How to avoid ending the financial year in a frazzle
As an Accountant, Financial Coach and Cloud Accounting Guru to start-ups and entrepreneurs, I often see clients come to me after 30th June filled with stress, anxiety, fear and embarrassment.
“It doesn’t need to be this way.”
So, instead of heading into the end of financial year in a frazzle, follow our simple checklist to being organised. It will make the tax return process so much smoother and easier, and dare I say it, you might even start to love your numbers.
1. Don’t leave things to the last minute. Preparing for tax time doesn’t start the day before your tax return is due. The earlier you start planning, the easier it will be.
2. Think about how you are storing your source documents. Are you storing them in a shoebox, folder, glovebox of your car (none of which we recommend!), or are you storing them online? Make sure you have everything together in the one place and you can find things easily if asked.
3. If you use an accounting system – does your bank account reconcile? So I am not asking if you have ticked off everything in your bank feed – I want you to compare your bank balance in your system to the physical bank balance on your statement. Check it now – nobody wants suprises at end of financial year.
4. If you are using a manual system (excel, word, etc) to record your sales and expenses, make sure your spreadsheet or document is in tip top shape. If you use our NA$$ spreadsheet, then the formulas and formatting is already done for you.
5. Have you had any major changes in your business this year? Employed staff, taken over a shop lease, offered new services – all of these things could drastically change your numbers. Keep a list of these changes to point out to your accountant at the end of the year.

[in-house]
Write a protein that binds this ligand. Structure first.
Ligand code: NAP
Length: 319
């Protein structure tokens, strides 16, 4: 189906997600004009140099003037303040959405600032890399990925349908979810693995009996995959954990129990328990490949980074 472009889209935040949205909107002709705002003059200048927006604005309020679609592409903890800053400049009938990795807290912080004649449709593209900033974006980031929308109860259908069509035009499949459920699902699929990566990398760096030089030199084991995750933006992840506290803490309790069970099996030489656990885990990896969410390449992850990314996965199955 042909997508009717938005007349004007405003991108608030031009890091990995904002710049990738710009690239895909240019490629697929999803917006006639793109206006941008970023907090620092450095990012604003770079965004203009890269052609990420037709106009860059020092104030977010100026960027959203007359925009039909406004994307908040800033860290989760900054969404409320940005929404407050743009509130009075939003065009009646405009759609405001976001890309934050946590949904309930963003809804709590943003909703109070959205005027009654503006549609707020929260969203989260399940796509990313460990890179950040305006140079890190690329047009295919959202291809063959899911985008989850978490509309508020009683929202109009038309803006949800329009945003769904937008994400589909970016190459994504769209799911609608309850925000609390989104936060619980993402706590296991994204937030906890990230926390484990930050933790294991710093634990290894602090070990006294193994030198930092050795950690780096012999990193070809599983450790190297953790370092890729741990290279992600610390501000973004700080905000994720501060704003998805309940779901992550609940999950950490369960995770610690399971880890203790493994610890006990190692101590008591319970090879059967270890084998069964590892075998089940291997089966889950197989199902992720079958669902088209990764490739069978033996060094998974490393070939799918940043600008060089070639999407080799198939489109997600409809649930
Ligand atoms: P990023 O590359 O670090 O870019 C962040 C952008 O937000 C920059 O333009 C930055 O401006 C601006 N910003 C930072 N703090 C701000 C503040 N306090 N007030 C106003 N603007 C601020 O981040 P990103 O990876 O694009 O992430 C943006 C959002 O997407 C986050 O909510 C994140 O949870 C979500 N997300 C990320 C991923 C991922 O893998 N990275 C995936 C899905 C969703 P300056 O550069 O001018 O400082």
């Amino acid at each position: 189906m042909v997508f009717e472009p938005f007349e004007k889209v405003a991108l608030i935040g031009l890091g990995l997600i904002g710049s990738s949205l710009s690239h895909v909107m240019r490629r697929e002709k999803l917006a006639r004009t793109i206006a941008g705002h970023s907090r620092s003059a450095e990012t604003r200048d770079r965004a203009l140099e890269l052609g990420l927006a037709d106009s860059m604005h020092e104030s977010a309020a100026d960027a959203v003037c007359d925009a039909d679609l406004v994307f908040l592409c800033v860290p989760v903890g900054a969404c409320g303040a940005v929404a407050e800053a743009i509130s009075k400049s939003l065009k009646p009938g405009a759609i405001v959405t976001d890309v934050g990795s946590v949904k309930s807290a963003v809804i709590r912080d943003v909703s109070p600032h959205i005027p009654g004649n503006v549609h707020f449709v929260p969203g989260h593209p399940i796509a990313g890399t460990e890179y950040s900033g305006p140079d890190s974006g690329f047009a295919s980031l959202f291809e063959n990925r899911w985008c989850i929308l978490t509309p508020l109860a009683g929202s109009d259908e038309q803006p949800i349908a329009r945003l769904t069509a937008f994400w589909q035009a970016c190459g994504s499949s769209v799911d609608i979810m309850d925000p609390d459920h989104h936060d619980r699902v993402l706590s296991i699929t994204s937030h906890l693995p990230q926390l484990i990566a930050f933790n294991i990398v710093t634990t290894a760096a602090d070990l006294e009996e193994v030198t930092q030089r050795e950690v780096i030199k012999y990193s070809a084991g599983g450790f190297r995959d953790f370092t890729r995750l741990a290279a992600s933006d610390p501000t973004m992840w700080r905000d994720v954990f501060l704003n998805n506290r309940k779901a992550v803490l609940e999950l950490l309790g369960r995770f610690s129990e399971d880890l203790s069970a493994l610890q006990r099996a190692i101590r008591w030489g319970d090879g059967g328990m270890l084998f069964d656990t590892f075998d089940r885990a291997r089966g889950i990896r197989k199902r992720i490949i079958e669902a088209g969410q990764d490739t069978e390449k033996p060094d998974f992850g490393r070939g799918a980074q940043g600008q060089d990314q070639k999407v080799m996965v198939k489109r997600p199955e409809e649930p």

6. If you hire employees, you need to provide end of year payment summaries to your staff by the 14th July, and an annual summary to the ATO by August. The time frame is limited to check, review and produce these so be prepared. Oh and always keep copies.
7. Review your numbers before you meet with your accountant. If you don’t understand your numbers how can you explain them to your accountant or to the tax office? This is where a fabulous (and experienced) bookkeeper can be such an asset to your business.
8. Make an appointment (in advance – shock horror) – with your tax agent. So contact them now and make an appointment for a convenient time in July or August. This will mean your work will be allocated and you are made a priority over those that leave it until the last minute.
“Now sit back and relax, knowing that you are now streets ahead of so many other business owners, who come 30 June, will be running around like headless chickens getting all their information in order.”
We know that many business owners struggle with their financial information.
We know that perhaps it is not your strongest point, that it stresses you out (no matter how organised you are) and often, you would love a helping hand along the way.
“We believe everyone can learn, you just need to find the right teacher.”